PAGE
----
Japanese morning glory dusky mutants displaying reddish-brown or purplish-gray flowers are deficient in a novel glycosylation enzyme for anthocyanin biosynthesis, UDP-glucose:anthocyanidin 3-O-glucoside-2′′-O-glucosyltransferase, due to 4-bp insertions in

National Institute for Basic Biology, Okazaki 444-8585, Japan.
The Plant Journal (Impact Factor: 5.97). 06/2005; 42(3):353-63. DOI: 10.1111/j.1365-313X.2005.02383.x
Source: PubMed


Bright blue or red flowers in the Japanese morning glory (Ipomoea nil) contain anthocyanidin 3-O-sophoroside derivatives, whereas the reddish-brown or purplish-gray petals in its dusky mutants accumulate anthocyanidin 3-O-glucoside derivatives. The Dusky gene was found to encode a novel glucosyltransferase, UDP-glucose:anthocyanidin 3-O-glucoside-2''-O-glucosyltransferase (3GGT), which mediates the glucosylation of anthocyanidin 3-O-glucosides to yield anthocyanidin 3-O-sophorosides. Ipomoea nil carries one copy of the 3GGT gene that contains no intron and produces 1.6-kbp transcripts mainly in the petals and tubes of flower buds at around 24 h before flower opening. The gene products of both In3GGT in I. nil and Ip3GGT in the common morning glory (Ipomoea purpurea) comprise 459 amino acids and showed a close relationship to the petunia UDP-rhamnose:anthocyanidin 3-O-glucoside-6''-O-rhamnosyltransferase (3RT), which controls the addition of a rhamnose molecule to anthocyanidin 3-O-glucosides for conversion into anthocyanidin 3-O-rutinosides. All of the 30 dusky mutants tested were found to carry the 4-bp insertion mutations GGAT or CGAT at an identical position near the 3' end of the gene, and the insertions caused frameshift mutations. The expected 3GGT enzymatic activities were found in the crude extracts of Escherichia coli, in which the 3GGT cDNA of I. nil or I. purpurea was expressed, while no such activity was detected in the extracts expressed with the dusky mutant cDNAs containing 4-bp insertions. Moreover, the introduced Ip3GGT cDNA efficiently produced 3GGT that converted cyanidin 3-O-glucoside into cyanidin 3-O-sophoroside in transgenic petunia plants.

Download full-text


Available from: Hiroshi Noguchi
  • Source
    • "It is unclear if PpUGT78A2 also can recognize the UDP-Rha donor, leading to the accumulation of Cy-3-rha in flowers of peach. PpUGT79A and PpUGT79B are identified in the peach transcriptome, and they are homologs of the kiwifruit and petunia F3GGTs responsible for the glycosylation of anthocyanidin 3-O-glycosides (Morita et al., 2005; Montefiori et al., 2011). PpUGT79B is not expressed in fruits, but its transcripts are abundant in leaves and flowers. "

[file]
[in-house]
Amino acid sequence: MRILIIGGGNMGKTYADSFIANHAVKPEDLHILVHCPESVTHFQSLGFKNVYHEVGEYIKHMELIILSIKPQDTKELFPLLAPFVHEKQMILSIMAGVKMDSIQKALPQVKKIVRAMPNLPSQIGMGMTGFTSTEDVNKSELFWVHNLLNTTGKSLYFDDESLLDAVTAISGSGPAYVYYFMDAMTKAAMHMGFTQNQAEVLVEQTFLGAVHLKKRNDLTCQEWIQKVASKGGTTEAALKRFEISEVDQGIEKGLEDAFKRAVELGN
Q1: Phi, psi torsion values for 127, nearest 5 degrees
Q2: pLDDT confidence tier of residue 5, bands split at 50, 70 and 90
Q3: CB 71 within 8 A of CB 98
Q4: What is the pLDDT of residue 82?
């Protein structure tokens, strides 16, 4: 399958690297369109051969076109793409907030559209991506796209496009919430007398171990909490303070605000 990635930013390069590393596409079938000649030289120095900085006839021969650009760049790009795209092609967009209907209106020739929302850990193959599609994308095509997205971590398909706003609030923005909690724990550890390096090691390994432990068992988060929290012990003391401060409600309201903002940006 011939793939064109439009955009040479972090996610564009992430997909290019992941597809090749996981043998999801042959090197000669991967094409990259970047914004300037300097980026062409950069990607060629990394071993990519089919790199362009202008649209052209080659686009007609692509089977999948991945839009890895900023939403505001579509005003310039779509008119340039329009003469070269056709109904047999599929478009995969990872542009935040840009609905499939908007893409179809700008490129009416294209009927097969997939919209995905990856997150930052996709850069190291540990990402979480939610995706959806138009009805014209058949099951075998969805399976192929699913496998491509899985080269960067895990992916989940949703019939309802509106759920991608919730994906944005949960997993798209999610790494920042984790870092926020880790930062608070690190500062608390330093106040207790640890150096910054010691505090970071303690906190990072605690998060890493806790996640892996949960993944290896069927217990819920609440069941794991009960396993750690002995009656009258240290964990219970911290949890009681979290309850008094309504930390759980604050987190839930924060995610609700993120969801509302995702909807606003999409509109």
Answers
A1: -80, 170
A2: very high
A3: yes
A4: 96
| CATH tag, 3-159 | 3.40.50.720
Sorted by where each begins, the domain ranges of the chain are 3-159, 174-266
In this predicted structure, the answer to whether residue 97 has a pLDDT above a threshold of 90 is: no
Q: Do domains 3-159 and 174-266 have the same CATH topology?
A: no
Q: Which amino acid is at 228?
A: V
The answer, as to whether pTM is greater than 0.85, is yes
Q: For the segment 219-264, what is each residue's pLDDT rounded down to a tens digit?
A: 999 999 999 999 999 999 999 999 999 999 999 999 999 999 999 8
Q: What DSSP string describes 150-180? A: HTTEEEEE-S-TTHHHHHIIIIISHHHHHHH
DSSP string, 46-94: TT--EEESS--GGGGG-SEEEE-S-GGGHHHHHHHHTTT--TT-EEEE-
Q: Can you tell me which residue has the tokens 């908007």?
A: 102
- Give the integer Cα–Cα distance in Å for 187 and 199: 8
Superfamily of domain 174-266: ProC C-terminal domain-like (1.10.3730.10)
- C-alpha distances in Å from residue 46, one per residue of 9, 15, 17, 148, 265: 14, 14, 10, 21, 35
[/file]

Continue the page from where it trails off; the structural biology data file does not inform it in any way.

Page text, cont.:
[Show abstract] [Hide abstract]
    ABSTRACT: Modification of anthocyanin plays an important role in increasing its stability in plants. Here, six anthocyanins were identified in peach (Prunus persica) and their structural diversity is attributed to glycosylation and methylation. Interestingly, peach is quite similar to the wild species P. ferganensis, but differs from both P. davidiana and P. kansueasis in terms of anthocyanin composition in flowers. This indicates that peach is probably domesticated from P. ferganensis. Subsequently, genes responsible for both methylation and glycosylation of anthocyanins were identified, and their spatiotemporal expression results in different patterns of anthocyanin accumulation in flowers, leaves, and fruits. Two tandem-duplicated genes encoding flavonoid 3-O-glycosyltransferase (F3GT) in peach, PpUGT78A1 and PpUGT78A2, showed different activity towards anthocyanin, providing an example of divergence evolution of F3GT genes in plants. Two genes encoding anthocyanin O-methyltransferase (AOMT), PpAOMT1 and PpAOMT2, are expressed in leaves and flowers, but only PpAOMT2 is responsible for the O-methylation of anthocyanins at 3' position in peach. In addition, our study reveals a novel branch of UGT78 genes in plants, which are lack of the highly conserved intron 2 of the UGT gene family, with a great variation of the amino acid residue at position 22 of plant secondary product glycosyltransferase (PSPG) box. Our results not only provide insights into mechanisms underlying anthocyanin glycosylation and methylation in peach, but will also aid in future attempts to manipulate flavonoid biosynthesis in peach as well as in other plants.
    Full-text · Article · Aug 2014 · Plant physiology
  • Source